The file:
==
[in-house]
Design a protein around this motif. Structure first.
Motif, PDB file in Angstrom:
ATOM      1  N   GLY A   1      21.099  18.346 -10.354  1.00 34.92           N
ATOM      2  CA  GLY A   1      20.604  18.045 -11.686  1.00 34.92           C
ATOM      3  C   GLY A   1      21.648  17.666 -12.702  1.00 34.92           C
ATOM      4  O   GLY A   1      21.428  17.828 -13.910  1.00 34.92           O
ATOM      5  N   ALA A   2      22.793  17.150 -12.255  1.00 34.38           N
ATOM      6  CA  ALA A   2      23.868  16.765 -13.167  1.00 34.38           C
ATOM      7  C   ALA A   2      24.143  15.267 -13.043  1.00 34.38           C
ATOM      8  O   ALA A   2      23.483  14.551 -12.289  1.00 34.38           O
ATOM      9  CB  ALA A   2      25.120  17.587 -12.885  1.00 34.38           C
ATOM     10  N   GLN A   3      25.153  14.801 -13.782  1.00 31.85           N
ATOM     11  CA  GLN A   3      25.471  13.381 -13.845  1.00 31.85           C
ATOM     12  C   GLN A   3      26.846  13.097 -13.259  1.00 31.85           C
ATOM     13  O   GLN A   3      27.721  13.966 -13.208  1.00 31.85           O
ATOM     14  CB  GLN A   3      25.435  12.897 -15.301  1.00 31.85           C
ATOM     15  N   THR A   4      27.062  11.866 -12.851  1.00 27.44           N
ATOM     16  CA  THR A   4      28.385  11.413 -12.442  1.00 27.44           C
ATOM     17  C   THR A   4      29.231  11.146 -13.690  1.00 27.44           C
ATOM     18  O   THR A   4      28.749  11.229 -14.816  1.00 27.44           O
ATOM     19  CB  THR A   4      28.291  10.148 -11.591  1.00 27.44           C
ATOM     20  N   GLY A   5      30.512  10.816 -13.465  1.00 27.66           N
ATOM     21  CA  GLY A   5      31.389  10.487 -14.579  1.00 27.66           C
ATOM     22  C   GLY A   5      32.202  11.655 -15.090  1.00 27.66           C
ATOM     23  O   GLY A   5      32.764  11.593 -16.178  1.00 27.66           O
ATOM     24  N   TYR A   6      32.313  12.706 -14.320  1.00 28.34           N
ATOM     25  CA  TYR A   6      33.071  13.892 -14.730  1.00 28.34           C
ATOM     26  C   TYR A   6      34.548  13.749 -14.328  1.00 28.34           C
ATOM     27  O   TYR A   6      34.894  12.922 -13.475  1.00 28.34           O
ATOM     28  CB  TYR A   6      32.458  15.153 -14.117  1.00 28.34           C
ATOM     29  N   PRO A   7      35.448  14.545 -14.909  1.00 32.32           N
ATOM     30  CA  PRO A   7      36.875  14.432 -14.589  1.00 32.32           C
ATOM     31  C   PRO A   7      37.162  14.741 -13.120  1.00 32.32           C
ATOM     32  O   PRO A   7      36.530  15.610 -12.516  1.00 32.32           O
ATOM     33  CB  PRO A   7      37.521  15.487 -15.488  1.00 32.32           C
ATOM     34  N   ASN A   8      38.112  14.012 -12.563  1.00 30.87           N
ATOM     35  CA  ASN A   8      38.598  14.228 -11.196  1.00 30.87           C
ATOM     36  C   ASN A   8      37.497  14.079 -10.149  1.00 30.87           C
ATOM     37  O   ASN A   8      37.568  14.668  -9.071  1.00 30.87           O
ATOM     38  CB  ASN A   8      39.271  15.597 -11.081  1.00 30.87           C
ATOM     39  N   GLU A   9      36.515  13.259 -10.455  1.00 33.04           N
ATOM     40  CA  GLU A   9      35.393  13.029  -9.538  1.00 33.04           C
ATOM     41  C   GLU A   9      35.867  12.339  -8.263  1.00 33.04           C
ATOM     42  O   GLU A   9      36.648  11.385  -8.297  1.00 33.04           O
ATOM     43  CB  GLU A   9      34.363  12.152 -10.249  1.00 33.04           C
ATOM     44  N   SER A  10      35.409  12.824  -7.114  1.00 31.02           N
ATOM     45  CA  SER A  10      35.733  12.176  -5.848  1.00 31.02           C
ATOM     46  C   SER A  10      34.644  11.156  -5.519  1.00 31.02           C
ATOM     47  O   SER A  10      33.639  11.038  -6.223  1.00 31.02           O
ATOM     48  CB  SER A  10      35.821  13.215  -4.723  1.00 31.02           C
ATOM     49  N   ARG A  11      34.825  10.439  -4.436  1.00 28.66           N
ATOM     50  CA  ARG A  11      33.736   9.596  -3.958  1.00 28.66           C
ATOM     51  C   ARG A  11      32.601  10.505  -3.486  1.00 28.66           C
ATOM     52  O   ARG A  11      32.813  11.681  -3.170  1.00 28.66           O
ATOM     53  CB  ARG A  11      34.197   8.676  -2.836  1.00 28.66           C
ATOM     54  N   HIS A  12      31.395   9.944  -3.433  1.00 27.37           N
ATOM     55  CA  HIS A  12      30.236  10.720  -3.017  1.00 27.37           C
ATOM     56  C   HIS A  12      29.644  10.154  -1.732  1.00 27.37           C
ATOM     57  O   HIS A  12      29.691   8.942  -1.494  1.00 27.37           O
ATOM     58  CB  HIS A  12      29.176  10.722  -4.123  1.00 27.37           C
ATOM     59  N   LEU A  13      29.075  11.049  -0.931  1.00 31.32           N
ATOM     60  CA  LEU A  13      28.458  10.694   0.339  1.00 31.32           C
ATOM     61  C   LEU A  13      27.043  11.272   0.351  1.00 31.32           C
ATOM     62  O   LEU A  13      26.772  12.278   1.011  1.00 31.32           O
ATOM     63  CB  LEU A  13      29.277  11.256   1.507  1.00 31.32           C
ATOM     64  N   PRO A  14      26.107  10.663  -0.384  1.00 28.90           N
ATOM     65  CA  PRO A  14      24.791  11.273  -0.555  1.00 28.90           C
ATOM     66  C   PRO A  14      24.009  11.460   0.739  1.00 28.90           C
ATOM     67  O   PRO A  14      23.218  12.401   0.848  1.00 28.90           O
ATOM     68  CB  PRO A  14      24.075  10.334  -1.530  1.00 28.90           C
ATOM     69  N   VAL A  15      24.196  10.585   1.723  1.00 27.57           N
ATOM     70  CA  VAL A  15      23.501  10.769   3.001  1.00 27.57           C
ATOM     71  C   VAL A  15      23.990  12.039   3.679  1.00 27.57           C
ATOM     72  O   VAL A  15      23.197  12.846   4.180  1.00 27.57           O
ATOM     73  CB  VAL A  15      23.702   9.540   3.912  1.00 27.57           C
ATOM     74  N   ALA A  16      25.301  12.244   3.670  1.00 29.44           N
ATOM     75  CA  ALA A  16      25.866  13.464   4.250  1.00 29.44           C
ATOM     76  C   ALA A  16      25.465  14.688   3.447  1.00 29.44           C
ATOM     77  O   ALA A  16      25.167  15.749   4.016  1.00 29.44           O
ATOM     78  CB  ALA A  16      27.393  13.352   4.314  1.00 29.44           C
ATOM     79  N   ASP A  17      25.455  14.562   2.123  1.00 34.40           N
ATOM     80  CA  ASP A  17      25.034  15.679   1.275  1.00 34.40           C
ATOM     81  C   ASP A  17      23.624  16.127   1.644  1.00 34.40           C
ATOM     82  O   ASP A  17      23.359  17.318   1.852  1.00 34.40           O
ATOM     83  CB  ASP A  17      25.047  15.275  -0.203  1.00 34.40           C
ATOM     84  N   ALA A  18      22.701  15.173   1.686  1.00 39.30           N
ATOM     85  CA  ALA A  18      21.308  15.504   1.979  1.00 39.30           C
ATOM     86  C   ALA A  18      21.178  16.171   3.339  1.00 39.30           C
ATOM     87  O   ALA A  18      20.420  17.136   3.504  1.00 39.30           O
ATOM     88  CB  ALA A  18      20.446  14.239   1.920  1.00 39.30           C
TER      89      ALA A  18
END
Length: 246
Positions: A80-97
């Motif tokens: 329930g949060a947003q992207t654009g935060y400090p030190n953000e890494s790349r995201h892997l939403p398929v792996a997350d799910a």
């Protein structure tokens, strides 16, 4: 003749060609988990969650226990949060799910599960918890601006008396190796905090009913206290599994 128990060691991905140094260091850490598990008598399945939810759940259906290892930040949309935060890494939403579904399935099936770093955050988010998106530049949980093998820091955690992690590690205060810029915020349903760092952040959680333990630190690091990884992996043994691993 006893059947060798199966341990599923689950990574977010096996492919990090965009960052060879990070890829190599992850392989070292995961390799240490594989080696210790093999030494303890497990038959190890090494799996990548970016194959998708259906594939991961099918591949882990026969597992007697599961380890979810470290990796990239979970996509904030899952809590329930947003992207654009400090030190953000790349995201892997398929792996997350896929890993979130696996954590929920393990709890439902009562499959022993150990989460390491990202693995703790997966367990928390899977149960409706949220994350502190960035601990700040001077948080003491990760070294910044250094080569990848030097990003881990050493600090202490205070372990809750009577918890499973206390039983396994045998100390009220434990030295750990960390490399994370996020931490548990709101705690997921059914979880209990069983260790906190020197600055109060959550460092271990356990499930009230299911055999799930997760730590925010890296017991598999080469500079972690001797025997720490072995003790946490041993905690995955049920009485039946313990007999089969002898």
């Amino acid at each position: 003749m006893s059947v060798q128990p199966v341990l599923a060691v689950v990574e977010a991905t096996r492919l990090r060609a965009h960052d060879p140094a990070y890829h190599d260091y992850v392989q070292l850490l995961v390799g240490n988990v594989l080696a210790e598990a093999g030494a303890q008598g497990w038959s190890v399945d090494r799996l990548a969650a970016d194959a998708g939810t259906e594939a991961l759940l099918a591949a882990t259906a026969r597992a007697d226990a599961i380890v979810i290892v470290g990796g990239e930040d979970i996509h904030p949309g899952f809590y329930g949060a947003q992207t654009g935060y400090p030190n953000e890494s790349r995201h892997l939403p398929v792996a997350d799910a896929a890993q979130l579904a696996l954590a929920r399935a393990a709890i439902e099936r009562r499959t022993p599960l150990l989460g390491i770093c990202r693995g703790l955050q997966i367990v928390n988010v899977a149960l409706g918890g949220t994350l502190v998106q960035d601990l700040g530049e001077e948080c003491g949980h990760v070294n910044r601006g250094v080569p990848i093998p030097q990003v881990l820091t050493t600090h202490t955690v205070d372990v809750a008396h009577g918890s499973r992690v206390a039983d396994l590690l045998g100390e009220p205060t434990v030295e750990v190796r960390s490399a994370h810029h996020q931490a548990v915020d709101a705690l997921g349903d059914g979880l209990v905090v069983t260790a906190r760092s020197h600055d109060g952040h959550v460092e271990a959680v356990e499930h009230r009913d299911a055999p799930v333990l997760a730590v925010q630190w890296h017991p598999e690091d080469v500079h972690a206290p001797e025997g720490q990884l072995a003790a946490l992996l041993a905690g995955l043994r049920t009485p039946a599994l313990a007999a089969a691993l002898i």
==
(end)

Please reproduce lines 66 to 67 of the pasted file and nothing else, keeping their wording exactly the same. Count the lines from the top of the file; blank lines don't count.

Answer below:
ATOM     63  CB  LEU A  13      29.277  11.256   1.507  1.00 31.32           C
ATOM     64  N   PRO A  14      26.107  10.663  -0.384  1.00 28.90           N